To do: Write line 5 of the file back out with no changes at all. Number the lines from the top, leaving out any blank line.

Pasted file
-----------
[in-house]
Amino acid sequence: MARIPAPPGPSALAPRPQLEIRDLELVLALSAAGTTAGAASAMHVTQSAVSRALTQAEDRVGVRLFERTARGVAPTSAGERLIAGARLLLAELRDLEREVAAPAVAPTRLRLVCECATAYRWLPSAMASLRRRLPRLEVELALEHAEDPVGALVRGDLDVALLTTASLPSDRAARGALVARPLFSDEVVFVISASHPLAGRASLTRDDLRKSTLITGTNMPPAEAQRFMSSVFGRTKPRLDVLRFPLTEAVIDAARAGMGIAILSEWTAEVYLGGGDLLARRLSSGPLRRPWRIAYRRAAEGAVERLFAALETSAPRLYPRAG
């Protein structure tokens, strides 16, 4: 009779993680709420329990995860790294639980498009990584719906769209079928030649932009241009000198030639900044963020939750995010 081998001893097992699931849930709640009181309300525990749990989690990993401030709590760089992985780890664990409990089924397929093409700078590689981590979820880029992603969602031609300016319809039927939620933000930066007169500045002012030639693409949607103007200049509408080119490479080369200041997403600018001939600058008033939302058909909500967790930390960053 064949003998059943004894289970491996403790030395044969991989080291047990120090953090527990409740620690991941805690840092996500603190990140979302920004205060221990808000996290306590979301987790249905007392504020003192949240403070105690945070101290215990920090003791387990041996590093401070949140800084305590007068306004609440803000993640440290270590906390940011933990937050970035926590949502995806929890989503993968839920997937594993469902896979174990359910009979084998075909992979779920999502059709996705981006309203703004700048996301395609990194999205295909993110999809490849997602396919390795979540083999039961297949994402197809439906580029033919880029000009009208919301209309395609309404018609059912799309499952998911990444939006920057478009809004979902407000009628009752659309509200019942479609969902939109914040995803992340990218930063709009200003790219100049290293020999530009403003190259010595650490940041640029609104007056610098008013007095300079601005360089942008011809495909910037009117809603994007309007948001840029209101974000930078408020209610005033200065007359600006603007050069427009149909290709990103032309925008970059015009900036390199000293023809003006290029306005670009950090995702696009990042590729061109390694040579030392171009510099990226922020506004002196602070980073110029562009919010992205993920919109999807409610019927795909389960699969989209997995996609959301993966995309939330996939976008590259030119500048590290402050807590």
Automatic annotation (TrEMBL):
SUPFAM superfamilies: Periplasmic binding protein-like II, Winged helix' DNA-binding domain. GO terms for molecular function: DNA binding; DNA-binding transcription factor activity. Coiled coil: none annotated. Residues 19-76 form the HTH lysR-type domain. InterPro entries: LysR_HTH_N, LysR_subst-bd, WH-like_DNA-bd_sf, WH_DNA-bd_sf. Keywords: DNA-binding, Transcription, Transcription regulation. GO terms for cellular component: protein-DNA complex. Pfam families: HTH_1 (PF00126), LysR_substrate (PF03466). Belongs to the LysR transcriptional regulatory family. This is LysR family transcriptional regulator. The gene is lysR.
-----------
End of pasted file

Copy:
SUPFAM superfamilies: Periplasmic binding protein-like II, Winged helix' DNA-binding domain. GO terms for molecular function: DNA binding; DNA-binding transcription factor activity. Coiled coil: none annotated. Residues 19-76 form the HTH lysR-type domain. InterPro entries: LysR_HTH_N, LysR_subst-bd, WH-like_DNA-bd_sf, WH_DNA-bd_sf. Keywords: DNA-binding, Transcription, Transcription regulation. GO terms for cellular component: protein-DNA complex. Pfam families: HTH_1 (PF00126), LysR_substrate (PF03466). Belongs to the LysR transcriptional regulatory family. This is LysR family transcriptional regulator. The gene is lysR.